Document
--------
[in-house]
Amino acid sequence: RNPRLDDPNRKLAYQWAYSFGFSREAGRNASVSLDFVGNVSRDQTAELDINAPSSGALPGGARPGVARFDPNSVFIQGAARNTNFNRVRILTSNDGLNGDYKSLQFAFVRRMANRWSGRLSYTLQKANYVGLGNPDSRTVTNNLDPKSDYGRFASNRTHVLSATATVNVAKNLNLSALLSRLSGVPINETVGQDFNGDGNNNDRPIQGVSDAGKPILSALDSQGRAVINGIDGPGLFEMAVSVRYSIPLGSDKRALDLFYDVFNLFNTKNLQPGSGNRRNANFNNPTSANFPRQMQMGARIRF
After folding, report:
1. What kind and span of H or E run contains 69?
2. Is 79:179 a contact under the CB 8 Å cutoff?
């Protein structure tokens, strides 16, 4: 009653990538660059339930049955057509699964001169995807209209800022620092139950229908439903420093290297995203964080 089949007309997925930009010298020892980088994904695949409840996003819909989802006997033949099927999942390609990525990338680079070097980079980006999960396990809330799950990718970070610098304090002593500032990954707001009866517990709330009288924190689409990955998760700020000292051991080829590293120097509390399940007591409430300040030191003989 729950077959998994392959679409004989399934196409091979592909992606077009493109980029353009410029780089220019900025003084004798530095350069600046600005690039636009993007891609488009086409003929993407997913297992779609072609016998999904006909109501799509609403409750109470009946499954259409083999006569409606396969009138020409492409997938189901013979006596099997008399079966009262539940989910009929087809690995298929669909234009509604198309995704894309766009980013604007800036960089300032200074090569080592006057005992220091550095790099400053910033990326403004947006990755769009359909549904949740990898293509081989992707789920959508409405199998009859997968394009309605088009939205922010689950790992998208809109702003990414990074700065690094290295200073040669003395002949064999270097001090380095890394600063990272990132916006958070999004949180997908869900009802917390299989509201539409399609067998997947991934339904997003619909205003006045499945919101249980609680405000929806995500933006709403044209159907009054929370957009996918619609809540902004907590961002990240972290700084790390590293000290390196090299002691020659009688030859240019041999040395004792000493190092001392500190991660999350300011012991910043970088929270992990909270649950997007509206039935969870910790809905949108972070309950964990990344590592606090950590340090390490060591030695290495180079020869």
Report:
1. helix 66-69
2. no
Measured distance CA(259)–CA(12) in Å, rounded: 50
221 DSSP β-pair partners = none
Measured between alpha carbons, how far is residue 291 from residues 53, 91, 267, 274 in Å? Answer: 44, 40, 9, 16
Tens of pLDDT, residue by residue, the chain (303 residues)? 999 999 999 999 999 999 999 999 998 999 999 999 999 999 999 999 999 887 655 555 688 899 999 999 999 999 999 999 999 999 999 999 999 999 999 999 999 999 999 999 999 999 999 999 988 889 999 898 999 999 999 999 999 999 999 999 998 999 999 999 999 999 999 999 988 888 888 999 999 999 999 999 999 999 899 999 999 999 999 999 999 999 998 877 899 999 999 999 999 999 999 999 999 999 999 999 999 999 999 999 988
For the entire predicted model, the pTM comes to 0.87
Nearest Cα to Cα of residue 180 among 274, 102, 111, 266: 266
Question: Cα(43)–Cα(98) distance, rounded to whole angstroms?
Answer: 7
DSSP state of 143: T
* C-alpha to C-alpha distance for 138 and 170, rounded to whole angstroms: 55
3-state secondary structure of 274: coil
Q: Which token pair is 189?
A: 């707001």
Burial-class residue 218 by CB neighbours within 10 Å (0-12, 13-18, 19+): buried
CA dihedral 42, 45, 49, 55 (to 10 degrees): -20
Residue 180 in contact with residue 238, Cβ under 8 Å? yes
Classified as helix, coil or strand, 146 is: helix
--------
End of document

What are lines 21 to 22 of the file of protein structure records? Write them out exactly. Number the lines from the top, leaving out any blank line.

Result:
Q: Which token pair is 189?
A: 């707001």